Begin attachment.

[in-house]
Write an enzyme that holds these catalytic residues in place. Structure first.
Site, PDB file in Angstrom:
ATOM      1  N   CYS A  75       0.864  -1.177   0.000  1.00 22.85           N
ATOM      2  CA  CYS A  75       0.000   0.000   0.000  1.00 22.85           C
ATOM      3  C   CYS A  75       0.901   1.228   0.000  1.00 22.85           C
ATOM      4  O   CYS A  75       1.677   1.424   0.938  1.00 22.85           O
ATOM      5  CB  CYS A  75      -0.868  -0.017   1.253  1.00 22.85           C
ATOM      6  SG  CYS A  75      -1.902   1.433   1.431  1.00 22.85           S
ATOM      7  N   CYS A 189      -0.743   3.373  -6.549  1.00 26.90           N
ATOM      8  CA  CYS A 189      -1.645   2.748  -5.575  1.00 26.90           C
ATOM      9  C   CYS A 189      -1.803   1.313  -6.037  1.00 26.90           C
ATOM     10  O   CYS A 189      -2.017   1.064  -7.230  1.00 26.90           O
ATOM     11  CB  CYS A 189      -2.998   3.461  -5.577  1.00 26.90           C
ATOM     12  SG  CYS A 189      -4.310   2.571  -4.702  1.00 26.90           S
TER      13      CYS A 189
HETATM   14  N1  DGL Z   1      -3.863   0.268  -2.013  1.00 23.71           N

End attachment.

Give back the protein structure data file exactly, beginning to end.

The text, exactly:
[in-house]
Write an enzyme that holds these catalytic residues in place. Structure first.
Site, PDB file in Angstrom:
ATOM      1  N   CYS A  75       0.864  -1.177   0.000  1.00 22.85           N
ATOM      2  CA  CYS A  75       0.000   0.000   0.000  1.00 22.85           C
ATOM      3  C   CYS A  75       0.901   1.228   0.000  1.00 22.85           C
ATOM      4  O   CYS A  75       1.677   1.424   0.938  1.00 22.85           O
ATOM      5  CB  CYS A  75      -0.868  -0.017   1.253  1.00 22.85           C
ATOM      6  SG  CYS A  75      -1.902   1.433   1.431  1.00 22.85           S
ATOM      7  N   CYS A 189      -0.743   3.373  -6.549  1.00 26.90           N
ATOM      8  CA  CYS A 189      -1.645   2.748  -5.575  1.00 26.90           C
ATOM      9  C   CYS A 189      -1.803   1.313  -6.037  1.00 26.90           C
ATOM     10  O   CYS A 189      -2.017   1.064  -7.230  1.00 26.90           O
ATOM     11  CB  CYS A 189      -2.998   3.461  -5.577  1.00 26.90           C
ATOM     12  SG  CYS A 189      -4.310   2.571  -4.702  1.00 26.90           S
TER      13      CYS A 189
HETATM   14  N1  DGL Z   1      -3.863   0.268  -2.013  1.00 23.71           N